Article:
Re: [unrev-II] TopicMaps, Ted Nelson, Virtual Files, and everything

Date: Fri Jun 08 2001 - 16:46:04 PDT

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    (I thought about this response for quite some time trying to come up
    with a good way to explain what I was thinking, but never got a good
    handle on it, so what follows is a bit rough but I throw it out in
    case there's something worthwhile buried in there.)

    On Tue, 5 Jun 2001, Eugene Eric Kim wrote:

    > So what's the best way of representing content in a document, where a
    > document consists of a sequence of paragraphs? Xanadu represents all
    > documents as a sequence of bytes at the content layer, but it seems to me
    > advantageous to represent it as a sequence of paragraphs.

    I think that's somewhat of a misrepresentation of Xanadu. I haven't
    done extensive reading (please excuse me and correct me if my
    information is out of date) but what little I have read about enfilades
    (and the same is presumably true for ents as well) indicates that,
    yes, at the bottom documents are represented as streams of bytes but
    words, sententences, paragraphs etc are addressable as nodes in the
    graph as well.

    > Here's a real-world example. CVS differences documents by lines of text.
    > So if I have the source code:
    > if (x > y) {
    > doSomething();
    > }
    > and I change it to:
    > if (x > y)
    > {
    > doSomething();
    > }

    I think if you look at this code as just a stream of bytes, then CVS
    is going to indicate a change. A more advanced way of storing the
    data (I think something like the dimension notion in zigzag would
    allow this) would allow a lot more flexibility. If we call functions,
    variables and operators the fundamental bits of stuff that are stored
    then a grammar of some kind controls the dimensions. In the cells you
    store if, x, > y, doSomething but not (, ), {, } or ;, those exist
    by virture of the linking between the cells and the rules of the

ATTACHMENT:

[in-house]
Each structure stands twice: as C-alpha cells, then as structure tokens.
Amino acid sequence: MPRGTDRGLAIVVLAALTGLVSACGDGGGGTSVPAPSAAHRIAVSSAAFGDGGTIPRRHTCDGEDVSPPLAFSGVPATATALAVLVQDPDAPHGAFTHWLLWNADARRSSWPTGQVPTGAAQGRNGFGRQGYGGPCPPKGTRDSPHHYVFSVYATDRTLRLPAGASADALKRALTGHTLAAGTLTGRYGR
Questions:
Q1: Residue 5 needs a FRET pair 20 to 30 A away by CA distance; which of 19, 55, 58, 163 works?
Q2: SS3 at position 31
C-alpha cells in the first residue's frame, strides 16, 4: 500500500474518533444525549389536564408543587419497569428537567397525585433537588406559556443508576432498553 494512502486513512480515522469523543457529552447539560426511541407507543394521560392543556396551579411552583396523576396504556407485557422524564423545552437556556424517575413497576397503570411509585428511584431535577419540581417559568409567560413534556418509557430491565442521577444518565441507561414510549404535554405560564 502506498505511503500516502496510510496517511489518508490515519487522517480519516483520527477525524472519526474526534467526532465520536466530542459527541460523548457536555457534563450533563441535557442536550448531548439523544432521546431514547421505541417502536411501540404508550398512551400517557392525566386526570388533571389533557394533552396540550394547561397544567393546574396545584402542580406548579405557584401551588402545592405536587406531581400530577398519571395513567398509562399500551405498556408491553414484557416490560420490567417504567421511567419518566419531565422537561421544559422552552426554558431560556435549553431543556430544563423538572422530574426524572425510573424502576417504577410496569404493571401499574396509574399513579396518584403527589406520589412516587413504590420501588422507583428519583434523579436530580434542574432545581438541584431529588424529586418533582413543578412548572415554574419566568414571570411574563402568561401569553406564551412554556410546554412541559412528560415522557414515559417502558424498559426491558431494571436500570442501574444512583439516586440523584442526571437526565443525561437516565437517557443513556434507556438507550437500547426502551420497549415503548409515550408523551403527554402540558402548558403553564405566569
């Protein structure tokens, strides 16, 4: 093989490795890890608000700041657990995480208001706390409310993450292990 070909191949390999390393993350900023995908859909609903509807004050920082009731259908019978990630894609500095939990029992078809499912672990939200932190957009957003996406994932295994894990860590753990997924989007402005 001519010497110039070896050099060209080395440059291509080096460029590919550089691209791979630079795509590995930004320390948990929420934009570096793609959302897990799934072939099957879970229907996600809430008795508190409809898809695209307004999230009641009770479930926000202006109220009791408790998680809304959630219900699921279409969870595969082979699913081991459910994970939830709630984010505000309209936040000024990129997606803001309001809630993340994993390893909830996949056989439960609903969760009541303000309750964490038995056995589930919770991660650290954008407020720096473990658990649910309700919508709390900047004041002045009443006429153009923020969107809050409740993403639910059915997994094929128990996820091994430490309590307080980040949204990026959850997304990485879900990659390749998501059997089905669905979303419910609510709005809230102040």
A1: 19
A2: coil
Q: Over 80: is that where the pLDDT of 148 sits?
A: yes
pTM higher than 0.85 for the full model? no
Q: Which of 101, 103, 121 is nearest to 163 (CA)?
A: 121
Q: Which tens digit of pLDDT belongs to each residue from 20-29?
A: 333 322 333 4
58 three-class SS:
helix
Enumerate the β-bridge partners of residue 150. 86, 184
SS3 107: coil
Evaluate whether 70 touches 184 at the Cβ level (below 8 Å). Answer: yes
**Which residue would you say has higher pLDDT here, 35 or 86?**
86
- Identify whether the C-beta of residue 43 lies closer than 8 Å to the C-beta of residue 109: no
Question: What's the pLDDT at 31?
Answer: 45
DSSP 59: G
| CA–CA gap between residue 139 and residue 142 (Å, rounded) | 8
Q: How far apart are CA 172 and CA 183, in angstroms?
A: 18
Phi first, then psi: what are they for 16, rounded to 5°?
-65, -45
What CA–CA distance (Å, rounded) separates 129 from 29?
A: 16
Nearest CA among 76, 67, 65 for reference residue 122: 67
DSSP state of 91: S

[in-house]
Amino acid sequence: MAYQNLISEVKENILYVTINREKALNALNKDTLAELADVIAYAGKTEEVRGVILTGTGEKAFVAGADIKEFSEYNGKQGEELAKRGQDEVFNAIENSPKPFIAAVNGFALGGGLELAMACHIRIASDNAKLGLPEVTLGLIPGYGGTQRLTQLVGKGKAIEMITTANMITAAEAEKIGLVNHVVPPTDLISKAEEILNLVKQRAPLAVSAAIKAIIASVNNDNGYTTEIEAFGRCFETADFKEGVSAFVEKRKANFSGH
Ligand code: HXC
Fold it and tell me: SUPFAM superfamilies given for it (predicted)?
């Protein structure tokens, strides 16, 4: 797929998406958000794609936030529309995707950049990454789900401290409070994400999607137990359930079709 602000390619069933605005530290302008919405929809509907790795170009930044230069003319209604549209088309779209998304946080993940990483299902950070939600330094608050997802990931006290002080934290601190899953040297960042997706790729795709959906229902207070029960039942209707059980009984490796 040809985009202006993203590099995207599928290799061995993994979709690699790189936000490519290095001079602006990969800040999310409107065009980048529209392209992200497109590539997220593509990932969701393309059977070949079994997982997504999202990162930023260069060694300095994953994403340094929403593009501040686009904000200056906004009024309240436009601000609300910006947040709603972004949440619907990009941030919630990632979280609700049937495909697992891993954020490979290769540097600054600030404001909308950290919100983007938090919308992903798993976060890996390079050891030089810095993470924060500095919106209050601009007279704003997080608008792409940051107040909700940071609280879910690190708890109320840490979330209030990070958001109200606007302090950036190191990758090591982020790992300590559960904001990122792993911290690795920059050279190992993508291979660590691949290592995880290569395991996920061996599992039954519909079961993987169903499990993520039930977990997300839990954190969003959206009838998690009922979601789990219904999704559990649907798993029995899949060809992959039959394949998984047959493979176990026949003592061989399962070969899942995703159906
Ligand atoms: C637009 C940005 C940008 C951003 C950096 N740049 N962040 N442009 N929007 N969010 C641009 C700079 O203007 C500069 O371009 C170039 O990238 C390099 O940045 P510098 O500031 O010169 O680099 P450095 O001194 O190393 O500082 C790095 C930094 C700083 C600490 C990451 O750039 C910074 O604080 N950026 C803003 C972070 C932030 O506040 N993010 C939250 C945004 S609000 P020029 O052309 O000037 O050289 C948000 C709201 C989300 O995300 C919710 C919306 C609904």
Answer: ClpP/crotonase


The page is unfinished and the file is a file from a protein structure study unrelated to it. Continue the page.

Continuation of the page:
Then the placement of things like curly braces becomes a matter of
    representation only--they are not content.

    I'm not trying to suggest this is a good or easy way to do things, but
    that it is a possibility that is present if one tries to make the leap to
    _really_ separating content from structure.

    It sort of falls apart with things which have loose grammars, like the
    English language text I'm writing now. What do you do with

    > CVS tells me that these two documents are different. Well, that's true;
    > not all lines in this document are the same. But semantically, these two
    > excerpts of code are exactly the same. So do you really want your version
    > control system saying that these chunks of code are different?

    If the curlies are kept out of the content you wouldn't need to (which
    seems to be part of what you are saying).

    > > I do think that Nelson is on to something when he suggests that
    > > structure must be a layer above the content. It's very hard, though,
    > > to express exactly why.
    > I also think this is valid. But it's clearly futile to completely
    > separate content from structure. So the challenge is, how granularly do
    > we separate these layers?

    I think something like zigzag can be a valuable tool for playing with
    such things because it, to my eye, is specifically designed to force a
    person to manipulate "things" by reference.

    Chris Dent  <>

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